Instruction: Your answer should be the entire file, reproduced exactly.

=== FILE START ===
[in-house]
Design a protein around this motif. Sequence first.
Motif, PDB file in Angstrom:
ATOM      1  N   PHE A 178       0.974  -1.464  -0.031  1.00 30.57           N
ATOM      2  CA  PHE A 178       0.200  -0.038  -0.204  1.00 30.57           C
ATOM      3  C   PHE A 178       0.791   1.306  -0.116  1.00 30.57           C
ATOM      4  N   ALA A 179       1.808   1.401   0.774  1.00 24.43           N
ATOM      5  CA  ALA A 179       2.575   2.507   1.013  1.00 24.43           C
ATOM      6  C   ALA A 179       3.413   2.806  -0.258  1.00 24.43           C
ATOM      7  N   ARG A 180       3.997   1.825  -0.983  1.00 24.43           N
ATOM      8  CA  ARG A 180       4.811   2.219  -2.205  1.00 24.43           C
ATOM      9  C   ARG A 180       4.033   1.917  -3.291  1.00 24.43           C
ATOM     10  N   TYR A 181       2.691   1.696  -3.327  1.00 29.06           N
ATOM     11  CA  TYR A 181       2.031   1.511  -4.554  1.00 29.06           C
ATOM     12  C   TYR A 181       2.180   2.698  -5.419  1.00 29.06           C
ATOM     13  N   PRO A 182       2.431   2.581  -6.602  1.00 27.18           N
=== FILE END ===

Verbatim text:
[in-house]
Design a protein around this motif. Sequence first.
Motif, PDB file in Angstrom:
ATOM      1  N   PHE A 178       0.974  -1.464  -0.031  1.00 30.57           N
ATOM      2  CA  PHE A 178       0.200  -0.038  -0.204  1.00 30.57           C
ATOM      3  C   PHE A 178       0.791   1.306  -0.116  1.00 30.57           C
ATOM      4  N   ALA A 179       1.808   1.401   0.774  1.00 24.43           N
ATOM      5  CA  ALA A 179       2.575   2.507   1.013  1.00 24.43           C
ATOM      6  C   ALA A 179       3.413   2.806  -0.258  1.00 24.43           C
ATOM      7  N   ARG A 180       3.997   1.825  -0.983  1.00 24.43           N
ATOM      8  CA  ARG A 180       4.811   2.219  -2.205  1.00 24.43           C
ATOM      9  C   ARG A 180       4.033   1.917  -3.291  1.00 24.43           C
ATOM     10  N   TYR A 181       2.691   1.696  -3.327  1.00 29.06           N
ATOM     11  CA  TYR A 181       2.031   1.511  -4.554  1.00 29.06           C
ATOM     12  C   TYR A 181       2.180   2.698  -5.419  1.00 29.06           C
ATOM     13  N   PRO A 182       2.431   2.581  -6.602  1.00 27.18           N